MINISTER URGES NEW ZEALANDERS TO TAKE RESPONSIBILITY FOR SEXUAL HEALTHState Services
On International Women's Day, the Minister of State Services, the Hon Jenny Shipley, is urging New Zealand families to turn off the television and talk to each other about sexual health and contraception.
From next week the government's drug-buying agency, PHARMAC, will be fully subsidising two brands of oral contraceptive, meaning women will only have to pay the three dollar prescription charge.
This development is part of the Sexual and Reproductive Health Strategy launched by Mrs Shipley last May in her former role as Minister of Health.
"Through the implementation of that strategy, the government is doing what it can to reduce the rates of unwanted pregnancy and abortions.
"It's now up to the community to take responsibility for making a difference to those statistics.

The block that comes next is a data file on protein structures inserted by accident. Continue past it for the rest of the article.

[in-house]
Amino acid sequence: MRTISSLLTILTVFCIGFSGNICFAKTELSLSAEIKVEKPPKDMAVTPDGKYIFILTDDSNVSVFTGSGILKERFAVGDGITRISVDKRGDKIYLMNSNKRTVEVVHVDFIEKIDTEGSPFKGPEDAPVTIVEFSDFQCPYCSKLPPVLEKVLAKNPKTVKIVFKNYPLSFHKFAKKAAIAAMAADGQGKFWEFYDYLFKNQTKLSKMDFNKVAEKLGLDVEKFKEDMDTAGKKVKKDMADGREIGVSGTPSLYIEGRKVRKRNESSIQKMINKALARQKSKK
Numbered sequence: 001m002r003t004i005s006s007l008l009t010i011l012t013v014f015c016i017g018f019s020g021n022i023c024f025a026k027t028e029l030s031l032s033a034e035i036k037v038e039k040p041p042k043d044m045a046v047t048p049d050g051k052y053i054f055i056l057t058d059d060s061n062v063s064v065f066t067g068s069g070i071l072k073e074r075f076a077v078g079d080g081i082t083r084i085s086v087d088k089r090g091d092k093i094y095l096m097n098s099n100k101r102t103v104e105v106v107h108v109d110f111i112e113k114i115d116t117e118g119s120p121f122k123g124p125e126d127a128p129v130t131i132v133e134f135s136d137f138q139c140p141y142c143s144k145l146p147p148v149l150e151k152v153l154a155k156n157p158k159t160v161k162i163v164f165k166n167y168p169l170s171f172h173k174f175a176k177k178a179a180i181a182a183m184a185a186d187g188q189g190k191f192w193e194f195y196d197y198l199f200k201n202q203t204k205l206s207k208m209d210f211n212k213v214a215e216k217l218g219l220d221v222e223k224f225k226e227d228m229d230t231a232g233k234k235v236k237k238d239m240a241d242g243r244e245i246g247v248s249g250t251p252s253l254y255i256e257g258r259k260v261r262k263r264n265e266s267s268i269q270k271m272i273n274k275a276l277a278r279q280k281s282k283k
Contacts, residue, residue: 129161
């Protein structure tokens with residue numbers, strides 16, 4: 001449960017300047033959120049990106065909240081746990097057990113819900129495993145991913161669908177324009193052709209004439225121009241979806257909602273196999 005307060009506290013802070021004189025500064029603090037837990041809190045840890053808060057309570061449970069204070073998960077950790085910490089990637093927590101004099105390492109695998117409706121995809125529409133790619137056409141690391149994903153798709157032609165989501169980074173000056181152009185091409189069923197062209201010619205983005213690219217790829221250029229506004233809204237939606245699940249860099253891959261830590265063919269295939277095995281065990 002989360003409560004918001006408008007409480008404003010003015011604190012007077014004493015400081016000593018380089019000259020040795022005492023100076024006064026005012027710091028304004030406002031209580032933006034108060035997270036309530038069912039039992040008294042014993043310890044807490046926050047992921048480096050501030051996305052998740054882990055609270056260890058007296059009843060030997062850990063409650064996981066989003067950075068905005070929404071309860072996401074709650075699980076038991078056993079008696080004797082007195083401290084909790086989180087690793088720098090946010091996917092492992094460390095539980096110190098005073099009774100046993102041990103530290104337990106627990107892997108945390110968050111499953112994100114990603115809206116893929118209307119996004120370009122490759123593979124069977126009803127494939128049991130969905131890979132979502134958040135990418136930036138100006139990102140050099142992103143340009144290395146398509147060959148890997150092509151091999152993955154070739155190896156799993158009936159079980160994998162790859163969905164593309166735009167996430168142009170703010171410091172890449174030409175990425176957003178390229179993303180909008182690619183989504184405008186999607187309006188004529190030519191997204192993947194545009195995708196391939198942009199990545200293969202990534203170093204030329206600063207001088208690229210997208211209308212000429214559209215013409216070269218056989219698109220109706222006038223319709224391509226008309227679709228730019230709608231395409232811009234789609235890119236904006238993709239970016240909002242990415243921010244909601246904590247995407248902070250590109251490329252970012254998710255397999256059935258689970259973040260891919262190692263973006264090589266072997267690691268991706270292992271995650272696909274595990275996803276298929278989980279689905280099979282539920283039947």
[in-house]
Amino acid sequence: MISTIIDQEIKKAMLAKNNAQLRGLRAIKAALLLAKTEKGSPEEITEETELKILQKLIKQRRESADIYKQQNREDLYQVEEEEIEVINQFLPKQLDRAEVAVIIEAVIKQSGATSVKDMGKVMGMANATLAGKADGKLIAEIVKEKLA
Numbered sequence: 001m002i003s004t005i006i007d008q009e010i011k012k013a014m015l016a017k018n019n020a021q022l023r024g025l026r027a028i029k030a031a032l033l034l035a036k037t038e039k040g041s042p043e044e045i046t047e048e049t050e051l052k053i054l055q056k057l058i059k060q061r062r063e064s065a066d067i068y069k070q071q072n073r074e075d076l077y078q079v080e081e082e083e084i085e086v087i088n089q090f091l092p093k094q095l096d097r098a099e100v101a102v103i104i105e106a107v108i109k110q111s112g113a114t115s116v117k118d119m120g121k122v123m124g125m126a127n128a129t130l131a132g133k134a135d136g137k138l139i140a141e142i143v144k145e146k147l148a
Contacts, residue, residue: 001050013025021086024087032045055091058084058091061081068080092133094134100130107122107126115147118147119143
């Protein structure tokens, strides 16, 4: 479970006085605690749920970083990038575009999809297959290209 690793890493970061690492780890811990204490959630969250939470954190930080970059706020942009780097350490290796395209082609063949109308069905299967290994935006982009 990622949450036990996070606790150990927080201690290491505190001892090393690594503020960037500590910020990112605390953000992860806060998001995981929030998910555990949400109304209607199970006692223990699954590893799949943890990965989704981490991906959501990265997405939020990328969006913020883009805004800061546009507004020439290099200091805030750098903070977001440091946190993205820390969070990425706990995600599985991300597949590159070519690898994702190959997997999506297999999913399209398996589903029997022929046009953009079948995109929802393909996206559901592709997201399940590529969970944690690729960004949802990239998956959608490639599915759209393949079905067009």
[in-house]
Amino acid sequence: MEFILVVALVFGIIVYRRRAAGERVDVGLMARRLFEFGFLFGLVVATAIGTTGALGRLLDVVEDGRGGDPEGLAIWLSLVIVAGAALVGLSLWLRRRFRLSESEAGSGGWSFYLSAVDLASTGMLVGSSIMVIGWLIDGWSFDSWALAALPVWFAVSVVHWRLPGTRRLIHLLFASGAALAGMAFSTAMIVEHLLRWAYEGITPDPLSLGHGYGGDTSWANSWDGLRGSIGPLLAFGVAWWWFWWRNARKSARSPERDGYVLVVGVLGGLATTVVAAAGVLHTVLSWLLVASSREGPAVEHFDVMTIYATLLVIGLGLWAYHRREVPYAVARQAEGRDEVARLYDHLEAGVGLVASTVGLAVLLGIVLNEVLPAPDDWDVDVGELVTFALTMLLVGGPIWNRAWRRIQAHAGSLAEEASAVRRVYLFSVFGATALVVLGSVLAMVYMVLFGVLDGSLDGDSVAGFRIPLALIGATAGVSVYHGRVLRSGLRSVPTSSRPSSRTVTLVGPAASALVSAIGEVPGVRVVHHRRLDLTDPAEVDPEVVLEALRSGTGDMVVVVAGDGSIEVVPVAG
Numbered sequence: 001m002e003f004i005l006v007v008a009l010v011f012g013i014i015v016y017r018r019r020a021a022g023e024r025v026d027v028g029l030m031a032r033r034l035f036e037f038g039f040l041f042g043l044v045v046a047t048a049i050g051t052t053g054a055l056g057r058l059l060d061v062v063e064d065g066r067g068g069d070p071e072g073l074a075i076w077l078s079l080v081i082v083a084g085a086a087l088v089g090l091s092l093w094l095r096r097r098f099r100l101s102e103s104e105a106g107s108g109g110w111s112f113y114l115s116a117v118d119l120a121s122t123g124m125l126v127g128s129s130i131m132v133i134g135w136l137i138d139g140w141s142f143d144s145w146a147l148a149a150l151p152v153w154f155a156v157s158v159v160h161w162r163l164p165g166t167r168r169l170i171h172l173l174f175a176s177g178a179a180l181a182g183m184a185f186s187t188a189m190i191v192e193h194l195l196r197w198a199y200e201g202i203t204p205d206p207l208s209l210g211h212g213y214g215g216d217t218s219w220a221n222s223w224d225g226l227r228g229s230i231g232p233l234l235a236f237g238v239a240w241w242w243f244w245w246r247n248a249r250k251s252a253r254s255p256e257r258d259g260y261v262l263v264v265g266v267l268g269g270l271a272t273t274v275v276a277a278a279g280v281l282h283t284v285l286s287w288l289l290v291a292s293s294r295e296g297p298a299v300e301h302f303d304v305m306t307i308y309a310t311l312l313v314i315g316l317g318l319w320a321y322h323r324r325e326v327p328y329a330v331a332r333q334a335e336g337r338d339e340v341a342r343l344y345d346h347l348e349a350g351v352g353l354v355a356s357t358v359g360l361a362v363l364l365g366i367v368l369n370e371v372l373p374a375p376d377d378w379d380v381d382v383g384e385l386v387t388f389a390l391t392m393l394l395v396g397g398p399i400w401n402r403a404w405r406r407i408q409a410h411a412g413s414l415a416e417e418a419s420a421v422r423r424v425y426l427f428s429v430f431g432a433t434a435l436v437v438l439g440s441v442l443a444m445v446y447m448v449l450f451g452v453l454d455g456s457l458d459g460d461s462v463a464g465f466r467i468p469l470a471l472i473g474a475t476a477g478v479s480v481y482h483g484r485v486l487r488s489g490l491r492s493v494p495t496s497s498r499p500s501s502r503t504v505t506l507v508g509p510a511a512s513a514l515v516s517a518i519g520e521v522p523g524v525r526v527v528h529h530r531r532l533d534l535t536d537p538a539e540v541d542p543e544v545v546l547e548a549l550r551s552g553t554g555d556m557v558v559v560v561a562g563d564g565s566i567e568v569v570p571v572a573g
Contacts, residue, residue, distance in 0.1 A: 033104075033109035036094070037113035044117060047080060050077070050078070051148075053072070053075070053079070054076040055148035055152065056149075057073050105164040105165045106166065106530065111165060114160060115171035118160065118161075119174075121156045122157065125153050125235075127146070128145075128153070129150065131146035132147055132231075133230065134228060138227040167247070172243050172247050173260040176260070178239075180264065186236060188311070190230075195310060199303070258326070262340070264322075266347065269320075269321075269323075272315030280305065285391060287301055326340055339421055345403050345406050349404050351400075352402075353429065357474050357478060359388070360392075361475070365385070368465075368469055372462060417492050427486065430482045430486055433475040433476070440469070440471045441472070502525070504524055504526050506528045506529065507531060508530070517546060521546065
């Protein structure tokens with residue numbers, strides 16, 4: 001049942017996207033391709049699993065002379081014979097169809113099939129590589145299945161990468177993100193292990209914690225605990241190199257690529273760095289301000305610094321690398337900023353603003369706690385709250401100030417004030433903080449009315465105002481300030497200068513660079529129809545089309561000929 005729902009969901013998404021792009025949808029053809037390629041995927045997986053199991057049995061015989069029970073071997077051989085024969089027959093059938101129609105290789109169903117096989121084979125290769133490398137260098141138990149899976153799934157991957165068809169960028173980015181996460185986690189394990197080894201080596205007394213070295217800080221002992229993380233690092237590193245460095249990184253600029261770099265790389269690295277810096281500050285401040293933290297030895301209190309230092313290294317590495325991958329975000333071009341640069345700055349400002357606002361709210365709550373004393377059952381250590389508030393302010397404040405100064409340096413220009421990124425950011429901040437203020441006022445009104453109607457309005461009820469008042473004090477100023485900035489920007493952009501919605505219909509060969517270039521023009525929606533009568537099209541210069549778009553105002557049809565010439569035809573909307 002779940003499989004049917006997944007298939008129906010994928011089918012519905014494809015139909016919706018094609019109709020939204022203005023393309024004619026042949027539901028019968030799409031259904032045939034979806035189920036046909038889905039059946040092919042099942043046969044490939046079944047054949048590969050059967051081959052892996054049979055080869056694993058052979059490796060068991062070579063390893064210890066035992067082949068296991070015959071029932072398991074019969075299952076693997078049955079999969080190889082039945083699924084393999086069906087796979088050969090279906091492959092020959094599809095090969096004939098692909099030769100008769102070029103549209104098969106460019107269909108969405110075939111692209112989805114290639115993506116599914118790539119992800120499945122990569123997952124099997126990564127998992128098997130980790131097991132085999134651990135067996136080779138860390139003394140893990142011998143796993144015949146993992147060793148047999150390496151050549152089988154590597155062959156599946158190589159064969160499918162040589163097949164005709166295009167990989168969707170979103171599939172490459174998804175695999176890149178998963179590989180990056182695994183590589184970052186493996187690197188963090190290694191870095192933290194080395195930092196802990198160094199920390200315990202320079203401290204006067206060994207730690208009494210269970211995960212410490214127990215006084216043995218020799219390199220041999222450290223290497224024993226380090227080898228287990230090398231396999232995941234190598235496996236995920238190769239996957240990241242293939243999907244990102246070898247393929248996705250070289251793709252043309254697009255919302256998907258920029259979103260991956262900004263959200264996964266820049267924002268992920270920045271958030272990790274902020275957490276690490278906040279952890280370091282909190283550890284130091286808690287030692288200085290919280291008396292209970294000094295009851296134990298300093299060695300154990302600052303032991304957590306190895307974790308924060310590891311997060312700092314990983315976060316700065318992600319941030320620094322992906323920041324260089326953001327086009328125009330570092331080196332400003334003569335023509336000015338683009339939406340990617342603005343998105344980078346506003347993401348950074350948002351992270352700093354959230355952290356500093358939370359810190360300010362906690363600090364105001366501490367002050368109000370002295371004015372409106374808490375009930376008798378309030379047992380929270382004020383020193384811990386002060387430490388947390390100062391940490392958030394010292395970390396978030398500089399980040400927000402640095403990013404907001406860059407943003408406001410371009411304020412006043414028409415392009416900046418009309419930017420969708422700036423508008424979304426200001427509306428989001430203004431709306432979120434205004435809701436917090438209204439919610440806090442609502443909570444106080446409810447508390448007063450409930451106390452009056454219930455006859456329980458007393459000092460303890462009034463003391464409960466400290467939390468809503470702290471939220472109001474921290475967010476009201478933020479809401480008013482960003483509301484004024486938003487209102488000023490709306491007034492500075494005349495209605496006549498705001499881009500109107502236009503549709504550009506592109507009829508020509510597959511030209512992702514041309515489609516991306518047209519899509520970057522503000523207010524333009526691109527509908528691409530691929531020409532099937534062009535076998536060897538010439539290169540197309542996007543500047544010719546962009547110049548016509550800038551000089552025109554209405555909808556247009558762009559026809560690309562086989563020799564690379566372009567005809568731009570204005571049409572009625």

"Parents and the wider community have a part to play in educating our daughters and sons to help them develop a responsible and healthy attitude to personal relationships and their sexual health.
"I know that for the Pacific Islands and Maori communities there are serious taboos about some of these issues. But this is a matter these communities must deal with and I'm encouraged to see some beginning to take up that challenge."
"I want every child to be a chosen child".
Mrs Shipley says making the contraceptive pill more freely available is part of a big jigsaw.
"This is only a start, and I note that Pharmac is hoping to be able to add other brands of oral and injectable contraceptives to the fully subsidised list later in the year."
Further progress can be expected in a number of other areas announced as part of the strategy last year, which include:
Free consultations for contraceptive advice for women in groups experiencing high abortion rates.
Developing pilot programmes to improve the reproductive and sexual health of Pacific Islands people.
Research into developing better sexual and reproductive health programmes for all young New Zealanders.